In the US, future success depends on pharma companies collaborating on master protocols. Success also depends on ensuring incentives are aligned so that they are utilized. For example, funding sources could require new research to run on existing platform trial infrastructure wherever possible. Regulatory bodies like FDA have expressed support for this approach.14

Creating a master protocol

Although master protocols can accelerate drug development by gathering large amounts of information and sharing infrastructure for efficiency, they are often more complex to design. That’s why pharma companies need to make plans now.

Pharma companies can begin developing master protocols by reviewing FDA guidance15 published in 2021. FDA includes many helpful recommendations in their guidance specific to lessons learned during the pandemic, including:

  • Starting with a randomized comparator arm to mitigate confounding variables
  • Protecting ongoing results from one sub-study from impacting how researchers approach another sub-study
  • Onsite training to counter the increased risk of protocol deviations
  • Developing a robust communication strategy for safety concerns

Pharma companies can approach designing their master protocol in three phases:16 pre-planning, planning, and execution. Now is the time to start working on the pre-planning and planning phases.

Pre-planning phase

Although pharma companies can’t work on a scientific rationale for a disease that hasn’t manifested, they can create space in their plan to fill in this information later. They will need to identify the natural history of the disease,16 related biomarkers, underlying disease biology, available drugs, and the number of drugs that can be studied concurrently. Preparing to investigate these things will help companies take action when the next disaster occurs.

Pharma companies can also lay the groundwork for the master protocol during the pre-planning phase. This involves everything from developing a business plan to outlining the governance structure for the study and identifying the appropriate regulatory bodies. Working closely with regulatory bodies15 is integral to a successful master protocol. During the pre-planning phase, pharma companies must consider essentials like budget, funding, data safety, publication oversight, and stakeholder engagement.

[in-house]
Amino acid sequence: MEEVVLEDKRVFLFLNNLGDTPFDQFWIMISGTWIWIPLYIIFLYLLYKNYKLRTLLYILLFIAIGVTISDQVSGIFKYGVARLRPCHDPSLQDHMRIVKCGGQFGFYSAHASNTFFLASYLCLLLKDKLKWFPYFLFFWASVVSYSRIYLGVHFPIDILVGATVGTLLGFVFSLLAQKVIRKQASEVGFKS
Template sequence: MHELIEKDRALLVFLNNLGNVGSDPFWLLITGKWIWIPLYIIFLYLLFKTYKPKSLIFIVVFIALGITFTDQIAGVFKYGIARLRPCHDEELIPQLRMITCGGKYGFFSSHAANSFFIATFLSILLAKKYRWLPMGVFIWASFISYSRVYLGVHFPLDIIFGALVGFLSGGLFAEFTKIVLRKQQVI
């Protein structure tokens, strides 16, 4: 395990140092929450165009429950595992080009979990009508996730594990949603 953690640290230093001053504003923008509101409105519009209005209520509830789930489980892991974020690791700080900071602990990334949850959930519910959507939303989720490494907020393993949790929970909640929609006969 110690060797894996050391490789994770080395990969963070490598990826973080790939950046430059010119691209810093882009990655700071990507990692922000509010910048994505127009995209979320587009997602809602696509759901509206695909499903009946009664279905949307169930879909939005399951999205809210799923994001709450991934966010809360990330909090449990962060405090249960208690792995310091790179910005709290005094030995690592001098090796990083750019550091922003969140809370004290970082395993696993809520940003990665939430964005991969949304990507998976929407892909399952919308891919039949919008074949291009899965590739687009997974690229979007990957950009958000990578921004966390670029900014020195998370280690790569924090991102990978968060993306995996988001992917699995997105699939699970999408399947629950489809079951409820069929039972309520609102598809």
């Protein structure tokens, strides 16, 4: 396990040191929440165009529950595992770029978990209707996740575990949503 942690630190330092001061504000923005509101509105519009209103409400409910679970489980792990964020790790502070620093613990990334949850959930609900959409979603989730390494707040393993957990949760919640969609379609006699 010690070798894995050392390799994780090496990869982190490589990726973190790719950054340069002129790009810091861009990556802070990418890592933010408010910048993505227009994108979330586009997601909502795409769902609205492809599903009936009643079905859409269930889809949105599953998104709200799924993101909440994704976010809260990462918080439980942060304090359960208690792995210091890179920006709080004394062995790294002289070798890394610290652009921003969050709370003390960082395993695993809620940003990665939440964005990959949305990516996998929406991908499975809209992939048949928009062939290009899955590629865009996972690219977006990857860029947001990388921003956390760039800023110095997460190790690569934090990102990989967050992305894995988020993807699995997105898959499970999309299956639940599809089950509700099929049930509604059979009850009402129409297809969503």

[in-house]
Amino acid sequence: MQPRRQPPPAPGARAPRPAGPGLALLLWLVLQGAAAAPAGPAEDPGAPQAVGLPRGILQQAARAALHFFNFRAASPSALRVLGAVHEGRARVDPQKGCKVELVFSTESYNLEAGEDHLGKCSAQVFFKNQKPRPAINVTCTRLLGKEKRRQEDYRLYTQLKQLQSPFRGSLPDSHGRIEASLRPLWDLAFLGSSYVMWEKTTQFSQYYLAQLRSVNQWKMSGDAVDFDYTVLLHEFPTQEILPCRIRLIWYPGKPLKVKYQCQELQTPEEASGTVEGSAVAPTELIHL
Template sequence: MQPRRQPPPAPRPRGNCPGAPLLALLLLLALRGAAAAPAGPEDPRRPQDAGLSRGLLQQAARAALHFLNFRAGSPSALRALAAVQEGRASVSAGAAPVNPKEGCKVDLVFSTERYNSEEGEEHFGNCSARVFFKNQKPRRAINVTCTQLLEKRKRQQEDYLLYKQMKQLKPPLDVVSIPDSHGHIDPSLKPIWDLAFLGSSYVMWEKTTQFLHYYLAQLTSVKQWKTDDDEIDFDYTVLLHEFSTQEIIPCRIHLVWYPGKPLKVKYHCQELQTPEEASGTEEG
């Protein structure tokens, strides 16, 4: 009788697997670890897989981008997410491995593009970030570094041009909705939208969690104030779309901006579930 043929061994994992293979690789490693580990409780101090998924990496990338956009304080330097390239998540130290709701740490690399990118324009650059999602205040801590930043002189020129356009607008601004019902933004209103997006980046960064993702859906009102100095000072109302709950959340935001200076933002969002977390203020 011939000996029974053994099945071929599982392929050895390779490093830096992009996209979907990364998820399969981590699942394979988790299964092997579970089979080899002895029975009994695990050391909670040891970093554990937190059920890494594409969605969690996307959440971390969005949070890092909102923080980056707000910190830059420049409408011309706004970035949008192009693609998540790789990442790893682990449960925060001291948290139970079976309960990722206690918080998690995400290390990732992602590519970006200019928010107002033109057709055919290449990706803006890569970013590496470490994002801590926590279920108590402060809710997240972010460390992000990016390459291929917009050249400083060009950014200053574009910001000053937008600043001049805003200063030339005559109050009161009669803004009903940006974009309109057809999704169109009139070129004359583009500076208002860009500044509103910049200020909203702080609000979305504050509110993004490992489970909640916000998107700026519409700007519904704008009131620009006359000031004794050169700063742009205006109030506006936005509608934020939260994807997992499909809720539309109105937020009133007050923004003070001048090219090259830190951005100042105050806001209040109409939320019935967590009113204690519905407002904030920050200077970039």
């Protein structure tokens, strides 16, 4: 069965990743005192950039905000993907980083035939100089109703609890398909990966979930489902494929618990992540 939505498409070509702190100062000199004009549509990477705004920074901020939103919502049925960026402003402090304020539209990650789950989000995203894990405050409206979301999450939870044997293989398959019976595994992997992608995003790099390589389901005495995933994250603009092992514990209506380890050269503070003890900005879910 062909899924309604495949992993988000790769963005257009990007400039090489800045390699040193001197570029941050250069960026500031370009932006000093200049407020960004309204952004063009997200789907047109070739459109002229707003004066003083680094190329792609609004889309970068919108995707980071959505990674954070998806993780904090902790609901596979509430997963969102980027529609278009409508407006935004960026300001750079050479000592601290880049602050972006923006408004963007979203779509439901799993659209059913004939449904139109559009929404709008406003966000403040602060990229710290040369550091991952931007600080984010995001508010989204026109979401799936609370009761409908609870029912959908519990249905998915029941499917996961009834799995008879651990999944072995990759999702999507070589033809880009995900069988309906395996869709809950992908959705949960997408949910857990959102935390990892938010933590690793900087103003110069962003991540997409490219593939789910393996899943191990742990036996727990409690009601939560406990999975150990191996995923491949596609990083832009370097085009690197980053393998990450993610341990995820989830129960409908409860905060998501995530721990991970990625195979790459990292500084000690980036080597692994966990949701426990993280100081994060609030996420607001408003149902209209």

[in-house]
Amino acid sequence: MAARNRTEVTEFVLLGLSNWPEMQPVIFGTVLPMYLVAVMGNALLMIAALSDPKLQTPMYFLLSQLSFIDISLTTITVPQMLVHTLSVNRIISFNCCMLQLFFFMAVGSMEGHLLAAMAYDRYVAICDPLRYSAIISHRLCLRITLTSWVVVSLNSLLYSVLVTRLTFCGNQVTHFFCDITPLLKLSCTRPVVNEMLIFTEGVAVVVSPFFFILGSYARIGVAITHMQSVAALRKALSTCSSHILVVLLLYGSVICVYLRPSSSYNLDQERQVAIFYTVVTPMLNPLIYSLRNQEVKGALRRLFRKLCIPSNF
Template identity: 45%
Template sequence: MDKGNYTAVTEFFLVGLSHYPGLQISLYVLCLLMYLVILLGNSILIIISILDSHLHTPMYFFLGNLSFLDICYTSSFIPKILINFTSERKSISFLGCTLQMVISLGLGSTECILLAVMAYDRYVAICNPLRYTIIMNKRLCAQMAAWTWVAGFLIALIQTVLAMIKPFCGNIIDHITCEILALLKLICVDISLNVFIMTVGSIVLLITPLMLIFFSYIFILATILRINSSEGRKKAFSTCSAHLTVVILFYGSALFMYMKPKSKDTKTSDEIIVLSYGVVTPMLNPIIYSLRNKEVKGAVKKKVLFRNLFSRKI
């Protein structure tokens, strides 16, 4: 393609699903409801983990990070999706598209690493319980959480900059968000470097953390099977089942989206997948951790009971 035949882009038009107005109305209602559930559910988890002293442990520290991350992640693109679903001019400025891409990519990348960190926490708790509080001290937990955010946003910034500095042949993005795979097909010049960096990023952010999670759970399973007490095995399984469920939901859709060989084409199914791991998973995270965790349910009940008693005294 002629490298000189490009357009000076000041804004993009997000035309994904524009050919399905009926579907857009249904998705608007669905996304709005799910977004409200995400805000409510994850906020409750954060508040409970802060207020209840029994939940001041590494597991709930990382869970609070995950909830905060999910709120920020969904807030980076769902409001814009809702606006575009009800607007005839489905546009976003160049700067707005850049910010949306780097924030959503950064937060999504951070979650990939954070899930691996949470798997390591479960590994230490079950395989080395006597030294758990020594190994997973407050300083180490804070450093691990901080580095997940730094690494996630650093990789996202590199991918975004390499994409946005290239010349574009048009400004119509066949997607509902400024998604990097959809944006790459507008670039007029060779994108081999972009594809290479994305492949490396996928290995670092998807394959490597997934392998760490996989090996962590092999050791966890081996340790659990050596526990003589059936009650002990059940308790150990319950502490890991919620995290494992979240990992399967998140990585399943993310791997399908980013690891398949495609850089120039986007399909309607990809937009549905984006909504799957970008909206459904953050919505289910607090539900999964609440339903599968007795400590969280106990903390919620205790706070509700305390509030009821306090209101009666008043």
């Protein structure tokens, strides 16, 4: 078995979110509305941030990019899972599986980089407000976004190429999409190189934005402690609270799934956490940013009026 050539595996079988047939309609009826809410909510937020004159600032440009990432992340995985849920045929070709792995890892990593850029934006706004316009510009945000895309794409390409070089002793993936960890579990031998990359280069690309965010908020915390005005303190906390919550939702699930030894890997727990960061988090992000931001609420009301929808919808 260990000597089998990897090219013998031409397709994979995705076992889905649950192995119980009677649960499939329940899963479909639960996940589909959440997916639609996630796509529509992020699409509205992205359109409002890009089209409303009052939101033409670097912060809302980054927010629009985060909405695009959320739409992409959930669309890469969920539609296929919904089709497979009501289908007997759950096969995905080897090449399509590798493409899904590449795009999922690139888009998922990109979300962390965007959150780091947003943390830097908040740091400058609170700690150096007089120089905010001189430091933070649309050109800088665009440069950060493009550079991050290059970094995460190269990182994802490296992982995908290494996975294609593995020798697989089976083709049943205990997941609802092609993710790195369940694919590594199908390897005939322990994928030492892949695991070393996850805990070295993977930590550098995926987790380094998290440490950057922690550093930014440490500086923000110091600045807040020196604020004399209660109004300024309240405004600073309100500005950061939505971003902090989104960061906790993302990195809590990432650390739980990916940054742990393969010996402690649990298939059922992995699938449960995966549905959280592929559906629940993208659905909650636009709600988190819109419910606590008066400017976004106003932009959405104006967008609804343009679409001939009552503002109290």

Planning phase

Pharma companies work closely with stakeholders during the planning phase16 to design the studies, develop an operational model, choose appropriate software, decide how investigators communicate results, build governance structures, and train staff. Companies can use lessons learned during the pandemic, such as the efficiency of DCTs, to take full advantage of innovative tools.

Execution phase

COVD-19 taught the clinical research industry to expect change as the only constant during a global health crisis. Pharma companies can anticipate modifying their master protocol substantially as the study progresses to adjust to new clinical and scientific findings.

Signs of progress

Perhaps the best sign that pandemic learnings like implementing master protocols will have a lasting impact on clinical research is the US government’s increased awareness. In October 2022, the federal government requested information on clinical research infrastructure and emergency clinical trials.17 They also asked for information on data collection for emergency clinical trials and interoperability pilot.18

After reviewing these requests, it’s our opinion that the US government is asking the right questions. This is hopeful since it indicates maturation in their way of addressing stubborn problems within clinical research.

The time for action is now

Some may say this isn’t the moment to push forward the innovation required. After all, the industry’s foundation may even seem unsteady, with investor-backed tech companies refocusing on profitability and retaining talent and perceived reimbursement challenges on the horizon.

Despite these challenges, pharma must press forward to prepare for the next global health crisis. With the support of regulatory bodies and other key stakeholders, we can start investing time and effort into preparing master protocols. Otherwise, we risk accumulating innovation without actual adoption.

Lacking meaningful action, we may find ourselves back in the throes of a global health crisis, having learned nothing of the lessons COVID-19 offered us.

Derk Arts, MD, PhD, CEO, Castor, and Craig Lipset, advisor and founder, Clinical Innovation Partners